As an increasing number of global investors have sought refuge in cash as a safe harbour from market volatility and uncertainty over US-China retaliatory trade wars, foreign investors withdrew around $19 billion from the region’s emerging markets (EM) in the first six months of 2018, a capital flight not seen since 2008.
The region’s key fund managers and asset owners recently gathered for two landmark forums in Hong Kong and Singapore, to explore the outlook for local currency bond markets.
Speakers at the Asian Bonds: Where to From Here? forums included:
- Andre de Silva, head of global EM rates research, HSBC
- Gerard Daniel, head of advisory solutions, Asia Pacific, State Street Global Exchange
- Kyle Hung head (external) at the Hong Kong Monetary Authority
- Dwyfor Evans, managing director, head of Asia Pacific macro strategy, State Street Global Markets.
- Kheng Siang Ng, Asia Pacific head of fixed income, State Street Global Advisors
- Paul Carrett, group’s chief investment officer, FWD
- Sean Chang, head of fixed income with Ping An of China Asset Management (Hong Kong)
- Yezdi Chinoy, regional chief investment officer - Asia, Assicurazioni Generali
- Kenneth Hui, senior manager, market development division, Hong Kong Monetary Authority
- Manjesh Verma, head of credit sector specialists for Asia, Citi
- David Chua, head of investment strategy, Investment, Prudential Assurance Company, Singapore
- Clifford Lee, managing director and global head, fixed income, Treasury & Markets, DBS
- Liew Tzu Mi, chief investment officer, fixed income, GIC
- Kiyoshi Nishimura, chief executive officer, Credit Guarantee & Investment Facility
- Chew Qi, head, regional development division, international department, Monetory Authority of Singapore
- Jack Ko, executive director, APAC SPG Equity Solutions, Securities Division Goldman Sachs
Moderator: Richard Morrow, Editor, AsianInvestor.
The general consensus gathered at the forums on October 9 and 11, 2018, is that fund managers are still positive about local bonds, believing performance and opportunities will continue over the long-term.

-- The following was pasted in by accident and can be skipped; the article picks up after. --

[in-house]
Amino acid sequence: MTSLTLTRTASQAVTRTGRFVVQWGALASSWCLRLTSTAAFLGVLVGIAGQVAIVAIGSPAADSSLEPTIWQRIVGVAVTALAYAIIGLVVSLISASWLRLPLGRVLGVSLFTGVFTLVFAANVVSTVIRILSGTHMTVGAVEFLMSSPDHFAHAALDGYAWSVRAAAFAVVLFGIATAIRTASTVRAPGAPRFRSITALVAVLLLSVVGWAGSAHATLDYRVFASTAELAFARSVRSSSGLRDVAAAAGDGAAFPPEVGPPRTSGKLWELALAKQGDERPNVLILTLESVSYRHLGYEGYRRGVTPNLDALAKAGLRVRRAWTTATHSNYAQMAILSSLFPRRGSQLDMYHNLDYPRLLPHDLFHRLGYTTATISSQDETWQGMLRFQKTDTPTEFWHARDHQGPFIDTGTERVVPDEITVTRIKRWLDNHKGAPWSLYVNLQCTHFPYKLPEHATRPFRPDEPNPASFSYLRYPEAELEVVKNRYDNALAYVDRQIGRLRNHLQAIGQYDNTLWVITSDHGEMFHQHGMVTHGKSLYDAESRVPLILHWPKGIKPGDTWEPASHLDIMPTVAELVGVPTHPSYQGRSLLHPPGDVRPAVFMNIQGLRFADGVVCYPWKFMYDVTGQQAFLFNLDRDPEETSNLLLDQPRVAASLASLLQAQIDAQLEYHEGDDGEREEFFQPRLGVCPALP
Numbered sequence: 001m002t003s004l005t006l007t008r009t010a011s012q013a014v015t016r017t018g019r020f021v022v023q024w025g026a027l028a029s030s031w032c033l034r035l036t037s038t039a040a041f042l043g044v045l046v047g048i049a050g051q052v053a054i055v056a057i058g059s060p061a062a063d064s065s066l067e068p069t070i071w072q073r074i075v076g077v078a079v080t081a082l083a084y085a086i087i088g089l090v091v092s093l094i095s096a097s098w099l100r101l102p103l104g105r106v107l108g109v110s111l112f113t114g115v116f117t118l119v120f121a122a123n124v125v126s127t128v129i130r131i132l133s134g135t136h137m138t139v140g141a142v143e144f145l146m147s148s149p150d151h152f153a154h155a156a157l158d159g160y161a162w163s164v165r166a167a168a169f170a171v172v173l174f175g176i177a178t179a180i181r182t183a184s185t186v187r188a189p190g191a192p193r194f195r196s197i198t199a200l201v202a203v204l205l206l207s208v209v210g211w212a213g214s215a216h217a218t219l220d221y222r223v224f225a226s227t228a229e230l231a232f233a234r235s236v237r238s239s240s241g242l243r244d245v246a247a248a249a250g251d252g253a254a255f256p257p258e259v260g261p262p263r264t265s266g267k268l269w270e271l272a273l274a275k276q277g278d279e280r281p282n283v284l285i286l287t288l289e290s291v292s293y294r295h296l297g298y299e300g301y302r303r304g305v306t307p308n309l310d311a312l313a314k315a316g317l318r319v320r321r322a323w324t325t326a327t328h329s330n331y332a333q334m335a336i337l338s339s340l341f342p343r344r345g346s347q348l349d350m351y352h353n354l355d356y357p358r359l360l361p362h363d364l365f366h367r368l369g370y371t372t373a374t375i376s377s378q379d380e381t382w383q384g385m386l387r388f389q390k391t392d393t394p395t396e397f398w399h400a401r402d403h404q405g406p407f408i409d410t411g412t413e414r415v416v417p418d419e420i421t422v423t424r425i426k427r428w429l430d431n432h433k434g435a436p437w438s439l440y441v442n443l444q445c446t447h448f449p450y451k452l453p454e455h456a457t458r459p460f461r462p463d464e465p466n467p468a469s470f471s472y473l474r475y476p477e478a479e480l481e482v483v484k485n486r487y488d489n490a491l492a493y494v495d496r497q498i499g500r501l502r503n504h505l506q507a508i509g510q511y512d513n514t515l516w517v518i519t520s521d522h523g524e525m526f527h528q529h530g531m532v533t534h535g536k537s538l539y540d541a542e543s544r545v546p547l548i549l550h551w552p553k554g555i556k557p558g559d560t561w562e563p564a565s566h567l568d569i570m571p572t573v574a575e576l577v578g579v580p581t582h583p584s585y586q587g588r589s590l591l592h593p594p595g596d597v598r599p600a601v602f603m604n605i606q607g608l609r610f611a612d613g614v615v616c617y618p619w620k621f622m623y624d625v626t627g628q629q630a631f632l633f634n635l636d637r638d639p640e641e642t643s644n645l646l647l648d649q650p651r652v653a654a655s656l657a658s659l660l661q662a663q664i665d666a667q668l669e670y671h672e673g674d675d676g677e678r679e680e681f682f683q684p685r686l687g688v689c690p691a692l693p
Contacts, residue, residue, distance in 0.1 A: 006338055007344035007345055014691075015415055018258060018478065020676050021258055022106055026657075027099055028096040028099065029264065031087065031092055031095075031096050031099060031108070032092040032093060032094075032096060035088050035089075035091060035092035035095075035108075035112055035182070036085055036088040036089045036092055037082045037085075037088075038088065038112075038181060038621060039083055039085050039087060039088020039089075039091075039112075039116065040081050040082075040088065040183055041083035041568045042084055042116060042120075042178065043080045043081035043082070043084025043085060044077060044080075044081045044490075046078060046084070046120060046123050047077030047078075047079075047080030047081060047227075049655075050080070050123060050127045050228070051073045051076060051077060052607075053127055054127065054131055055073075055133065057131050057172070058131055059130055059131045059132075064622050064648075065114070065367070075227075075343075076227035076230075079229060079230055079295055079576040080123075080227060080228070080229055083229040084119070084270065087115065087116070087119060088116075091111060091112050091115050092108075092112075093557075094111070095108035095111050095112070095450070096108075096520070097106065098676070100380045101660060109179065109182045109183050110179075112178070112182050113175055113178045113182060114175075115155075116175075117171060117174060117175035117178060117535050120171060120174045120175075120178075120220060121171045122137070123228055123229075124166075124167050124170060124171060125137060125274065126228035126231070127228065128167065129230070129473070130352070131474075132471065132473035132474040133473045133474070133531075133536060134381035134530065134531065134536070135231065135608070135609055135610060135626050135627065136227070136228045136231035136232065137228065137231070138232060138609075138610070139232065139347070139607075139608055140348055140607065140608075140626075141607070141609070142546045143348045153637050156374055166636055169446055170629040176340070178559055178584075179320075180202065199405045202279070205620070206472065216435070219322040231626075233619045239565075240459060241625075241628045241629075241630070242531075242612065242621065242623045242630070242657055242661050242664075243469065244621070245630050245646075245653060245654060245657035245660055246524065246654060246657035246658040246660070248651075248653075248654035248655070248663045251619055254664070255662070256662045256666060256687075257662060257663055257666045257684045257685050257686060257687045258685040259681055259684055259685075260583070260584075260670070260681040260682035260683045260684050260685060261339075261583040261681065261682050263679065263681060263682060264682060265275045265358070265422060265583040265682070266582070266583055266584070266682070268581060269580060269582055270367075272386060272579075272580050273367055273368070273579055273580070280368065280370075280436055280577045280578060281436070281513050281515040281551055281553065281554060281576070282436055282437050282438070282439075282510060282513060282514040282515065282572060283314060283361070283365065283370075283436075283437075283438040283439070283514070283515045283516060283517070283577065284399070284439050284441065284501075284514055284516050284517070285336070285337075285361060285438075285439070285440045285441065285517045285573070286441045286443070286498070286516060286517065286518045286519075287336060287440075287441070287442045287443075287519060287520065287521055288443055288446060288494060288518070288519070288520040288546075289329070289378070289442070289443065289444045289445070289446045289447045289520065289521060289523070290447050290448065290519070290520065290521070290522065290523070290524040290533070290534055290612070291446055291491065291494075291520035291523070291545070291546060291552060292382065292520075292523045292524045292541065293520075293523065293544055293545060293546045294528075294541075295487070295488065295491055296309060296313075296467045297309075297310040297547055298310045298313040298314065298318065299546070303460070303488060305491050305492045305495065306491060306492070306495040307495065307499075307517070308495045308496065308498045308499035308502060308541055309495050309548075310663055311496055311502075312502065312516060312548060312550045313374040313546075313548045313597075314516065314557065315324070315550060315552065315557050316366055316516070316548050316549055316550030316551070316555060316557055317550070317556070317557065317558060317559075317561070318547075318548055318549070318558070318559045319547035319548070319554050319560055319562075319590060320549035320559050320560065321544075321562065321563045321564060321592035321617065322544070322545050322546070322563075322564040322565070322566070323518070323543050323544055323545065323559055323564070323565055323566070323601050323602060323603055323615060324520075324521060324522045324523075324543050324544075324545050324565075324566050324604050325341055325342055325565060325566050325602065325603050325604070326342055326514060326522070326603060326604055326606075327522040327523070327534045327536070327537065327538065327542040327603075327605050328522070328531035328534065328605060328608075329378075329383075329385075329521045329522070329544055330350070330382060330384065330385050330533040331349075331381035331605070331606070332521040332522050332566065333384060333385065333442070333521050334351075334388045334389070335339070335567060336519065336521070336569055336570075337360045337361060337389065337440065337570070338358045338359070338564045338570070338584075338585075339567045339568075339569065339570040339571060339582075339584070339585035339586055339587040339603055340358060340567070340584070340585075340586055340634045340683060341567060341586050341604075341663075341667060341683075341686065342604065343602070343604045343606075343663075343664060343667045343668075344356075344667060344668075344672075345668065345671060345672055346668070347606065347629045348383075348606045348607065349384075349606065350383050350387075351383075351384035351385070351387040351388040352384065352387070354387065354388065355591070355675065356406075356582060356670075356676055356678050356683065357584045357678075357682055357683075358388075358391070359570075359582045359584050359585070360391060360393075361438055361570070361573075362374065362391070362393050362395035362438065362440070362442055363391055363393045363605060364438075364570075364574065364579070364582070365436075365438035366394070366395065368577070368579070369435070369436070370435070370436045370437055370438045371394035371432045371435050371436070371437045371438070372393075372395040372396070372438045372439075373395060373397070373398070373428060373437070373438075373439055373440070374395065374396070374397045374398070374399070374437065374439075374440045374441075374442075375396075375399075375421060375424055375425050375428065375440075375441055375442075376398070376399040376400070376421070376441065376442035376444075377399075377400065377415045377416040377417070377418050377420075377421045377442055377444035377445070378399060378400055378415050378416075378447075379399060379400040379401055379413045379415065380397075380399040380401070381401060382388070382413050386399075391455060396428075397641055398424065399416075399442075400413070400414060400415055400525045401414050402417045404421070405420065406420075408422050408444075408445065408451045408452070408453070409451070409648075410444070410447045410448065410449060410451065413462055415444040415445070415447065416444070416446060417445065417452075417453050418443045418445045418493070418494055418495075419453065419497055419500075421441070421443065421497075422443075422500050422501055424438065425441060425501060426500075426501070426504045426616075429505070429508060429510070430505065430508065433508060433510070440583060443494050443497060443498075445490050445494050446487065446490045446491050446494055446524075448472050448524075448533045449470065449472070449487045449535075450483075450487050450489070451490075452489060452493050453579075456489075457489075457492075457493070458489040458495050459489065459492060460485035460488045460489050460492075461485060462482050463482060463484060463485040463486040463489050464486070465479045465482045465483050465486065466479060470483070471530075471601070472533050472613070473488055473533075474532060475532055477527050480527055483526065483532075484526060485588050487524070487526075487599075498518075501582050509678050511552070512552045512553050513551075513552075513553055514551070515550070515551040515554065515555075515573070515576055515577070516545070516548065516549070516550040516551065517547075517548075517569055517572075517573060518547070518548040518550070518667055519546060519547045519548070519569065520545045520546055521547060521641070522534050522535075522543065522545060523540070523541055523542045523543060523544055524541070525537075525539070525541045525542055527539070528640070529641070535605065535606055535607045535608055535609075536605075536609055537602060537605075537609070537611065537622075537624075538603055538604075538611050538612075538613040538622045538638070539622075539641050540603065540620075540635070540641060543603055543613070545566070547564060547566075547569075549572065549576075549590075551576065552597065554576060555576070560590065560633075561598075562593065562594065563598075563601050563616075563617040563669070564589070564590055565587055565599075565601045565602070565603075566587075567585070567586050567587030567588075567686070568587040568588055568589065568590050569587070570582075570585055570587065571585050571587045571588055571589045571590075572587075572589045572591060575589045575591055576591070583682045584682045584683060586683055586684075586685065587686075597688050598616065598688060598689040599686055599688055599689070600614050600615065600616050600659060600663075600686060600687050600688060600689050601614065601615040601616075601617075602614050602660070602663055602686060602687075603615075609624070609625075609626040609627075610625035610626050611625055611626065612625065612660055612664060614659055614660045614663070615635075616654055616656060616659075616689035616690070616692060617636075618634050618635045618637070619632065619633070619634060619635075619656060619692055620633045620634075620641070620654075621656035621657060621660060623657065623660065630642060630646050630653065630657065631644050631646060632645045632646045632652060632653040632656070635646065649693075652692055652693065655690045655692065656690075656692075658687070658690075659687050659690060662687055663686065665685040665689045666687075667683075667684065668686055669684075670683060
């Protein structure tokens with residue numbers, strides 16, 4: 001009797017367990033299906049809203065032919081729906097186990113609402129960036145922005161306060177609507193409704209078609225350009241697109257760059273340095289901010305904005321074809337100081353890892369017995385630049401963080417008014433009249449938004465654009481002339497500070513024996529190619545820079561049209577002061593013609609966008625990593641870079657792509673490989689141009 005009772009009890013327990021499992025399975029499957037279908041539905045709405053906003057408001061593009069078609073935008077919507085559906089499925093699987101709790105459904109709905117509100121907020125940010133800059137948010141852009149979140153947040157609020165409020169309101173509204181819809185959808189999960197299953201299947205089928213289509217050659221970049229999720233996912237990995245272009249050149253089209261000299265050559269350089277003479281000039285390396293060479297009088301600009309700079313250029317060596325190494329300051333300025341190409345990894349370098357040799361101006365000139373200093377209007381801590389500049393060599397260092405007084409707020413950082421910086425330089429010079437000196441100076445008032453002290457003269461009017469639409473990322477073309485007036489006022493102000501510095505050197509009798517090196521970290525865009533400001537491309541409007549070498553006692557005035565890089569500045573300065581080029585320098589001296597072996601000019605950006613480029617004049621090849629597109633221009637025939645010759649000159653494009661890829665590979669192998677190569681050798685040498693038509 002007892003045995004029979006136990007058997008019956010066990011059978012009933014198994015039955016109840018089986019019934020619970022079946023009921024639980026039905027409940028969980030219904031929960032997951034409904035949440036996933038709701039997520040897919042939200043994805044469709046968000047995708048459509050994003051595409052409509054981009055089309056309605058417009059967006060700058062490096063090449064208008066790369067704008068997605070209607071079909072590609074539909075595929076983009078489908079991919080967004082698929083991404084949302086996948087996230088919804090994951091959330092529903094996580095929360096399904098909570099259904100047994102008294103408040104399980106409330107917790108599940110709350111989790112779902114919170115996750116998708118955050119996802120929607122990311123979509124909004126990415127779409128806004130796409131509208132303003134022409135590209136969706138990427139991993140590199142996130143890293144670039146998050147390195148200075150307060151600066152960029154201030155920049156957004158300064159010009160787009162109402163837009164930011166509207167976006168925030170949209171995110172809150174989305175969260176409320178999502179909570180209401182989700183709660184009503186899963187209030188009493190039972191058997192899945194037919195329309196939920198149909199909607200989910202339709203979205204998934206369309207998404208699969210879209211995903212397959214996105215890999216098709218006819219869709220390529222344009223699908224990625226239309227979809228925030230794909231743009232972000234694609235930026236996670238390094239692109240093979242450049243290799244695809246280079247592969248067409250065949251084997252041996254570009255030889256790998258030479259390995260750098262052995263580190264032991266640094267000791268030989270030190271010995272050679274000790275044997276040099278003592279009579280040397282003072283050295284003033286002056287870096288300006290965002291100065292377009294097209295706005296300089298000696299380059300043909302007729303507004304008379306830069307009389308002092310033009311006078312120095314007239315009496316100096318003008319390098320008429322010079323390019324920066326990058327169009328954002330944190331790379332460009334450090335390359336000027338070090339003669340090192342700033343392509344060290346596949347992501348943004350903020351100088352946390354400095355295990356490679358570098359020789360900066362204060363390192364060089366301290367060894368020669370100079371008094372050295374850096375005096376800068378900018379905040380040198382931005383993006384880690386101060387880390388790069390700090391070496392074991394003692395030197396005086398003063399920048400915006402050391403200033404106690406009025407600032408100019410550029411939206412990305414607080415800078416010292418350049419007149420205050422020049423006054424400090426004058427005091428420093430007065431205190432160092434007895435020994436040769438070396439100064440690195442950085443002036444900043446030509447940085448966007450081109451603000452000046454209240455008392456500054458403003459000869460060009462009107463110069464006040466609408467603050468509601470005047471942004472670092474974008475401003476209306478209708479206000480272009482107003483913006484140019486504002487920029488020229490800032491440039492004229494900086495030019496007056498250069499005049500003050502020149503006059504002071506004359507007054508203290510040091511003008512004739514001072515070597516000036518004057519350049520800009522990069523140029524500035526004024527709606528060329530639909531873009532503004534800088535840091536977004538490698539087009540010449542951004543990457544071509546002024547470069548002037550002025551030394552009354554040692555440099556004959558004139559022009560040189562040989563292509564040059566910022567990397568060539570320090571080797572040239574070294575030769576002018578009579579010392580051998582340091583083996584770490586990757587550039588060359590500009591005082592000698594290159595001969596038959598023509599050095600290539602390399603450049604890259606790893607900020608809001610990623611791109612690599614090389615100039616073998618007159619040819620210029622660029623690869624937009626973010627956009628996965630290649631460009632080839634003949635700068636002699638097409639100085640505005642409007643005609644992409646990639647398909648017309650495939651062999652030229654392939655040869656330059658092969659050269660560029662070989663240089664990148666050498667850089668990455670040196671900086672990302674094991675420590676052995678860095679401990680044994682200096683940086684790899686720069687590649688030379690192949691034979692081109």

Key regional initiatives mean fundamentals have improved and even strengthened since the Asian financial crisis but liquidity, lack of information and ratings credibility all hinder investment growth.
Source: Asia Bonds: Where to From Here? Hong Kong forum, 2018
Not all segments of this market will perform well, but star performers like Korea and Thailand will continue to add sparkle and diversification to funds. Adding to the positive outlook, was the widely held belief that trade issues are overrated.
Concerns about China are a little bit overplayed. We think the China story will be a good, positive story,” said Dwyfor Evans, managing director, head of Asia Pacific macro strategy, State Street Global Markets. “2017 was a very strong year with very low volatility and no surprises, but many market narratives have changed in the past 6-9 months. 2018’s shifting market drivers include firmer inflation trends ongoing and turbulence in emerging markets.”
Sean Chang, head of fixed income with Ping An of China Asset Management (Hong Kong) echoed Evans’ sentiments: “People are seeing too much in trade wars. There are a lot of other developments going on, look at projects in Guangdong and Belt and Road projects where there’s a lot of interesting ideas, and China’s putting a lot of exposure into these regions.”
WHAT A DIFFERENCE A YEAR MAKES
After being overweight in 2017, fund managers have turned defensive. As the sector skewed toward selling, investors are seeking refuge in cash, resulting in portfolios now regarded as underweight in EM bonds. While inflation is rising, it’s still contained, although systemic risks including geopolitics and global monetary policy have entered the 2018-2019 mix, creating, as State Street Global Exchange’s Singapore-based head of advisory solutions, Asia Pacific, Daniel Gerard sees it, confusing signals.
"One thing we can all agree on is that investing is going to get really hard in the coming year,” he says.